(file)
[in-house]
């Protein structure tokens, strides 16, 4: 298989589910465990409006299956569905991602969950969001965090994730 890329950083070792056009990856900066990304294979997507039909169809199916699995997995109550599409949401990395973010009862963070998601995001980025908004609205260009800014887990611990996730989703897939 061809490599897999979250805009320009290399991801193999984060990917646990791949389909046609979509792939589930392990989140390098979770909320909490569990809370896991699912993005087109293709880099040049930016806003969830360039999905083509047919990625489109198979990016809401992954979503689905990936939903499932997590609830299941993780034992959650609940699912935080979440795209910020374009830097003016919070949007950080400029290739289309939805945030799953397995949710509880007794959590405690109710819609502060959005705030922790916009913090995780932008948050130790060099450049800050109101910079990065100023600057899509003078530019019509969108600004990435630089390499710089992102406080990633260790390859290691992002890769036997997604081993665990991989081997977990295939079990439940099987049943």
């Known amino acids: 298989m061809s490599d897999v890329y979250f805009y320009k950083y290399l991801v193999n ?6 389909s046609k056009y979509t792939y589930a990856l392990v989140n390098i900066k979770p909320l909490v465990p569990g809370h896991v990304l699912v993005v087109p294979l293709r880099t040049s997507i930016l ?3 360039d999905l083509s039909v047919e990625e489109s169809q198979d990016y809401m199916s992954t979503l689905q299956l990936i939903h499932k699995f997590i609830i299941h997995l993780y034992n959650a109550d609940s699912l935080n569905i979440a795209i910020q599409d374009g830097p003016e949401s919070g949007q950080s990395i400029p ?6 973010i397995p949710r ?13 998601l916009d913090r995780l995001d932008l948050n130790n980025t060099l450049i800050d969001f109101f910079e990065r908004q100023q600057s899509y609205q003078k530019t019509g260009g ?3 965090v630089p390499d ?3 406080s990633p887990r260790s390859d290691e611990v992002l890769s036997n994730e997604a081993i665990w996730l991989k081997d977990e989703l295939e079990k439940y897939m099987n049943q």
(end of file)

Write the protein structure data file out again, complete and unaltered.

[in-house]
């Protein structure tokens, strides 16, 4: 298989589910465990409006299956569905991602969950969001965090994730 890329950083070792056009990856900066990304294979997507039909169809199916699995997995109550599409949401990395973010009862963070998601995001980025908004609205260009800014887990611990996730989703897939 061809490599897999979250805009320009290399991801193999984060990917646990791949389909046609979509792939589930392990989140390098979770909320909490569990809370896991699912993005087109293709880099040049930016806003969830360039999905083509047919990625489109198979990016809401992954979503689905990936939903499932997590609830299941993780034992959650609940699912935080979440795209910020374009830097003016919070949007950080400029290739289309939805945030799953397995949710509880007794959590405690109710819609502060959005705030922790916009913090995780932008948050130790060099450049800050109101910079990065100023600057899509003078530019019509969108600004990435630089390499710089992102406080990633260790390859290691992002890769036997997604081993665990991989081997977990295939079990439940099987049943």
């Known amino acids: 298989m061809s490599d897999v890329y979250f805009y320009k950083y290399l991801v193999n ?6 389909s046609k056009y979509t792939y589930a990856l392990v989140n390098i900066k979770p909320l909490v465990p569990g809370h896991v990304l699912v993005v087109p294979l293709r880099t040049s997507i930016l ?3 360039d999905l083509s039909v047919e990625e489109s169809q198979d990016y809401m199916s992954t979503l689905q299956l990936i939903h499932k699995f997590i609830i299941h997995l993780y034992n959650a109550d609940s699912l935080n569905i979440a795209i910020q599409d374009g830097p003016e949401s919070g949007q950080s990395i400029p ?6 973010i397995p949710r ?13 998601l916009d913090r995780l995001d932008l948050n130790n980025t060099l450049i800050d969001f109101f910079e990065r908004q100023q600057s899509y609205q003078k530019t019509g260009g ?3 965090v630089p390499d ?3 406080s990633p887990r260790s390859d290691e611990v992002l890769s036997n994730e997604a081993i665990w996730l991989k081997d977990e989703l295939e079990k439940y897939m099987n049943q």